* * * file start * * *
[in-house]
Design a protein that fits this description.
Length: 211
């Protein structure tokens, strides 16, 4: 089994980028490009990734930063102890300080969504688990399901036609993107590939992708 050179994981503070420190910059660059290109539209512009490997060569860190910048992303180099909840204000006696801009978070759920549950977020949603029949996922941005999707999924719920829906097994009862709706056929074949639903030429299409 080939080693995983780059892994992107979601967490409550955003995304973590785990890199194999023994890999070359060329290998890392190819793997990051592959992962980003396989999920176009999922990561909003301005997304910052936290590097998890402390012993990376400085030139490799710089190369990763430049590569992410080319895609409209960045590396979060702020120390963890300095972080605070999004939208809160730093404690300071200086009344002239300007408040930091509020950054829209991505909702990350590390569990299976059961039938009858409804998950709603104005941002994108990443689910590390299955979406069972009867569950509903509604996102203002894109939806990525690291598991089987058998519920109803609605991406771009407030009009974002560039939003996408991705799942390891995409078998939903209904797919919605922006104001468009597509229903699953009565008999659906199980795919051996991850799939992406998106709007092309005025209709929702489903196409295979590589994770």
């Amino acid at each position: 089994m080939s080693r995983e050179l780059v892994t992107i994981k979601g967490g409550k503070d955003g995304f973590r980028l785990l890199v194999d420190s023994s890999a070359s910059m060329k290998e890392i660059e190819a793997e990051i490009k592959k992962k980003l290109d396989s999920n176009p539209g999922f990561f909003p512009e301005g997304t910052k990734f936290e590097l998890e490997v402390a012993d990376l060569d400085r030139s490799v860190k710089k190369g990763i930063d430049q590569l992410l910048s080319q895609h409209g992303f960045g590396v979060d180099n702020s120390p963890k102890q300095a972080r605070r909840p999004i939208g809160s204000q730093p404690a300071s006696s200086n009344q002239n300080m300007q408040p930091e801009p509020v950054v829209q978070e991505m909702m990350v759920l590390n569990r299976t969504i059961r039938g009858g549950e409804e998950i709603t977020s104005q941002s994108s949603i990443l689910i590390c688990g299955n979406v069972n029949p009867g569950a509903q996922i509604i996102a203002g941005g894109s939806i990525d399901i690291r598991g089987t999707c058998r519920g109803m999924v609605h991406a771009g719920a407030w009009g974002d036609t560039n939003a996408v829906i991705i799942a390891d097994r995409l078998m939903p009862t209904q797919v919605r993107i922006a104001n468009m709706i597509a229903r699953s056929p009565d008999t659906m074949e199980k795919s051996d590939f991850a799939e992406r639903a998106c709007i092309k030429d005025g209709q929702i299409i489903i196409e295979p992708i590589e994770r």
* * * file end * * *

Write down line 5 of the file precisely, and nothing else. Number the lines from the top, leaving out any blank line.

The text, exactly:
């Amino acid at each position: 089994m080939s080693r995983e050179l780059v892994t992107i994981k979601g967490g409550k503070d955003g995304f973590r980028l785990l890199v194999d420190s023994s890999a070359s910059m060329k290998e890392i660059e190819a793997e990051i490009k592959k992962k980003l290109d396989s999920n176009p539209g999922f990561f909003p512009e301005g997304t910052k990734f936290e590097l998890e490997v402390a012993d990376l060569d400085r030139s490799v860190k710089k190369g990763i930063d430049q590569l992410l910048s080319q895609h409209g992303f960045g590396v979060d180099n702020s120390p963890k102890q300095a972080r605070r909840p999004i939208g809160s204000q730093p404690a300071s006696s200086n009344q002239n300080m300007q408040p930091e801009p509020v950054v829209q978070e991505m909702m990350v759920l590390n569990r299976t969504i059961r039938g009858g549950e409804e998950i709603t977020s104005q941002s994108s949603i990443l689910i590390c688990g299955n979406v069972n029949p009867g569950a509903q996922i509604i996102a203002g941005g894109s939806i990525d399901i690291r598991g089987t999707c058998r519920g109803m999924v609605h991406a771009g719920a407030w009009g974002d036609t560039n939003a996408v829906i991705i799942a390891d097994r995409l078998m939903p009862t209904q797919v919605r993107i922006a104001n468009m709706i597509a229903r699953s056929p009565d008999t659906m074949e199980k795919s051996d590939f991850a799939e992406r639903a998106c709007i092309k030429d005025g209709q929702i299409i489903i196409e295979p992708i590589e994770r």